The Choice to Feel
“This being human is a guest house. Every morning is a new arrival. A joy, a depression, a meanness, some momentary awareness comes as an unexpected visitor. . . . Welcome and entertain them all. Treat each guest honorably. The dark thought, the shame, the malice, meet them at the door laughing, and invite them in. Be grateful for whoever comes, because each has been sent as a guide from beyond.”
It’s taken me a long time to accept and value each emotion equally. We grow up hearing that all you need in life is to be happy. Money, success, fame — none of that matters as long as you’re happy. That’s the final goal, right? To live a happy life? Well, hate to break it to you... but I actually don’t think that’s possible. Trust me, I’ve tried. Happiness, like any emotion, is fleeting. It’s not a constant state of being. Keep aiming to be happy forever, and you’ll keep failing. At least that’s how it went for me.
Content, however — that’s a different story. The past year I’ve worked on nothing else than trying to be content with every emotion that ‘comes through my door’. I've spent so long of my life labelling certain feelings as bad and completely blocking out other ones.
Like, I can't remember the last time I felt angry. Sad? Sure, absolutely. Shame, guilt, disgust? You betcha. But uncontrollable, fiery, rage? I haven’t felt that in years. Maybe it’s my conflict issues. Maybe I’m too much of a pacifist to let ‘anger control me’. But let’s be real. I have a lot to be angry about.
I’ve spent years doing everything in my power to turn my feelings off. From one addiction to the next, I’ve buried my mind in pain I was giving myself — pain I understood and could control.
“Rage that has nowhere to go is redirected against the self, in the form of depression, self-hatred, and self destructive actions.”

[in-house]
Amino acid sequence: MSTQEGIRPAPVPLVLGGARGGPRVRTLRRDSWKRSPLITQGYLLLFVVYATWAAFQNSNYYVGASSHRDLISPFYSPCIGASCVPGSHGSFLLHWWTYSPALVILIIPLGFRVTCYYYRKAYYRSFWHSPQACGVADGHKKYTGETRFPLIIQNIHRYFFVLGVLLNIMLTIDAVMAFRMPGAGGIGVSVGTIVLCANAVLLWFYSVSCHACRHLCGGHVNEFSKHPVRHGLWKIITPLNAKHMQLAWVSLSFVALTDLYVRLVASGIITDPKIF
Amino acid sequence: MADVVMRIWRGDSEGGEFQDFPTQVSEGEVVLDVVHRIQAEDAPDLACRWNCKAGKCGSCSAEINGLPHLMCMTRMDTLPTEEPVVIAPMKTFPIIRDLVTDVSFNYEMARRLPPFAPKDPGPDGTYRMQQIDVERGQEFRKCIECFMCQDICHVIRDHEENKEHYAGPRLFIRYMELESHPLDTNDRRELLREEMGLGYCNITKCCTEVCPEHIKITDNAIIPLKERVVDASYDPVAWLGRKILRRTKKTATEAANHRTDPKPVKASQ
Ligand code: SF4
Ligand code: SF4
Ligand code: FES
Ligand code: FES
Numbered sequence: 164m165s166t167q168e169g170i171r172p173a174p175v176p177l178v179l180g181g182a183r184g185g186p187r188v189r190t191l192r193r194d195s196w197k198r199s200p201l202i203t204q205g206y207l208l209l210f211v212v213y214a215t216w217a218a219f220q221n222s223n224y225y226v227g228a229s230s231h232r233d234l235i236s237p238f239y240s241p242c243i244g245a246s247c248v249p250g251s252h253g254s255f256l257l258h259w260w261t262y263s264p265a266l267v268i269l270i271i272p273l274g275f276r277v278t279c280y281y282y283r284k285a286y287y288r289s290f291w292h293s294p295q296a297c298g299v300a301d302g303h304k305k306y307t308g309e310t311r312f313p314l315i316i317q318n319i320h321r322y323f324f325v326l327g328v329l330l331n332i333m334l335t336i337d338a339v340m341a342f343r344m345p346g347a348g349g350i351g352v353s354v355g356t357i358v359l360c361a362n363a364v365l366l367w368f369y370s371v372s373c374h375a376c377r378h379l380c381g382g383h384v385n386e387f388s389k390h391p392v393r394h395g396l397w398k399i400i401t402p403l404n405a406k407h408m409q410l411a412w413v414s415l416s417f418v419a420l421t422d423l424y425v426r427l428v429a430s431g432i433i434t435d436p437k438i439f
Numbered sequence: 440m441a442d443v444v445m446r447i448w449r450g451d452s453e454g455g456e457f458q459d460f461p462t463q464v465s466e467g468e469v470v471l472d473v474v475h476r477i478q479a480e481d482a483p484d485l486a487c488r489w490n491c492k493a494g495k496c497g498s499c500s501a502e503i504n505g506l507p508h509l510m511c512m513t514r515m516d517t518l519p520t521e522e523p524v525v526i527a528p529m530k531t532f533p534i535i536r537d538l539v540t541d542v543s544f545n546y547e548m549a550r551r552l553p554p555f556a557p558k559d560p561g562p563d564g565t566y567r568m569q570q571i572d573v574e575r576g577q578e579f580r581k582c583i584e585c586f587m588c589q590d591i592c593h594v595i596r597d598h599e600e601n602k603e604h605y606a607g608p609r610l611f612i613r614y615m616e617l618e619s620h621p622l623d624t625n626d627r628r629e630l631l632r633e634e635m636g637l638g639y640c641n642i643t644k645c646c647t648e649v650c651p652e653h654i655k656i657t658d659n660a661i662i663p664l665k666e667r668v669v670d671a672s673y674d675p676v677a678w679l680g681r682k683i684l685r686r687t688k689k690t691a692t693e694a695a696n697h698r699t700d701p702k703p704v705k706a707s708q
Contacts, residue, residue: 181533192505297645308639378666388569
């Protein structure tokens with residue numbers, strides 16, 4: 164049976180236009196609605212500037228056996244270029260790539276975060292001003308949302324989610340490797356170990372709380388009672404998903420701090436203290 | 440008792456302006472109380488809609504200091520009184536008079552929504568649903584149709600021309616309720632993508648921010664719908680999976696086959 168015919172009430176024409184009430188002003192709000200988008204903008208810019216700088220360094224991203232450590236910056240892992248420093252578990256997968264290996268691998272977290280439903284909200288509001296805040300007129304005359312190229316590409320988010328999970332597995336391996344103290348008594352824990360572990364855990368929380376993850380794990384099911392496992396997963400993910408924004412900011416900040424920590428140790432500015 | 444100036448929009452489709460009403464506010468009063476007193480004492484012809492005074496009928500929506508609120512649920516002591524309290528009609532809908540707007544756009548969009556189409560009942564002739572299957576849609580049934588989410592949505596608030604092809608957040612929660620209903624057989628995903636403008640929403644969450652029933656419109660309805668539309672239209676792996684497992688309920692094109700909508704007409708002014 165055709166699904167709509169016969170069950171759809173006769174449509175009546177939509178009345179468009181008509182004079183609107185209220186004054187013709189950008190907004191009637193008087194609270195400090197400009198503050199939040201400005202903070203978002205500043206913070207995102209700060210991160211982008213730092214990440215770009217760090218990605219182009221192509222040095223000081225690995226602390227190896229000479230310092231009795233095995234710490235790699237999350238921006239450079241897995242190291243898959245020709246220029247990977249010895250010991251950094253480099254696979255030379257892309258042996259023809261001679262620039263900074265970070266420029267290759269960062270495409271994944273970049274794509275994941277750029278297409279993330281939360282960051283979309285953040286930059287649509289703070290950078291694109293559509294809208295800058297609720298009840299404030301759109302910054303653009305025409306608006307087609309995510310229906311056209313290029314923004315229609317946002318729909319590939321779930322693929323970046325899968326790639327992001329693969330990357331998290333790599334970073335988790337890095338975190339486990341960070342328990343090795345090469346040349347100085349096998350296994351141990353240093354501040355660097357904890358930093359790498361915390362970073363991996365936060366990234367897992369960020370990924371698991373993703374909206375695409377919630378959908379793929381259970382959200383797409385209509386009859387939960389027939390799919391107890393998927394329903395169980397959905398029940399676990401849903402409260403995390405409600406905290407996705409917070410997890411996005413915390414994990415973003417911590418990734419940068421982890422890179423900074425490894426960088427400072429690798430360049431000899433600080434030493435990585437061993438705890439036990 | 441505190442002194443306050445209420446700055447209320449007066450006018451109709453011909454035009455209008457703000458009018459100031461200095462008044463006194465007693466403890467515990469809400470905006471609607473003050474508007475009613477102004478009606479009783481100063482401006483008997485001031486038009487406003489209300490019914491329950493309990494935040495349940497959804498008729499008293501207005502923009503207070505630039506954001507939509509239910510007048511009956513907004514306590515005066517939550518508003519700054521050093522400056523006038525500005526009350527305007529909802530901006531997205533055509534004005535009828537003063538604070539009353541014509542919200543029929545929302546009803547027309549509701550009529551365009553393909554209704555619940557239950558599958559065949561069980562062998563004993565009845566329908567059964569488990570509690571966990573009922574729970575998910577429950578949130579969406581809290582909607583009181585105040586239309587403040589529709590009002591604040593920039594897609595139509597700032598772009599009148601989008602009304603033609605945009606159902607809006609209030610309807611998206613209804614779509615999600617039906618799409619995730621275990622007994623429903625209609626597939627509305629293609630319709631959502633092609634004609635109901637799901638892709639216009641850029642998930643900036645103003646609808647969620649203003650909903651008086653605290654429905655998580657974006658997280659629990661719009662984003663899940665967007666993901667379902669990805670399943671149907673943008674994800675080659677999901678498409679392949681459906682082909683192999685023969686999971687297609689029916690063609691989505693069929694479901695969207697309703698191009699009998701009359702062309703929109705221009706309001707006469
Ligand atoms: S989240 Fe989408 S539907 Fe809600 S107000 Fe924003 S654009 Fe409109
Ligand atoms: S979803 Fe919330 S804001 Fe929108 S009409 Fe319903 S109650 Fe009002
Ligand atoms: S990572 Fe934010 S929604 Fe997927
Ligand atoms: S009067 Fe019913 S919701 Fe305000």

These quotes are from The Body Keeps the Score, a book that, in short, seeks to explain the relationship between our body and mind. From someone who wakes up everyday either fighting my body (thanks Crohn’s) or my mind (shoutout depression), or both, I can’t help but notice the vague and intricate ways one health effects the other. Why, at some unidentifiable point, do I go from staying in bed because my stomach hurts, to not being able to get out of bed because life feels too heavy? And why can’t I notice when the reason changes?
Focusing on trauma, this book articulated explanations to questions I didn’t even know I had. So, rage that has nowhere to go, go towards the self. That pretty much checks out. It took me five years to cry about my IBD — like to really cry about it. To mourn my health. In the past few years it is easy to see how the absolute absence of anger I felt towards the world, was really being directed towards myself.
In too many ways, for too long, I put my energy towards hurting my mind and body; and yet, as backwards as it sounds, this was how I survived. If I could numb myself, I could prevent myself from feeling my reality.
“Traumatized people are terrified to feel deeply. They are afraid to experience their emotions, because emotions lead to loss of control.”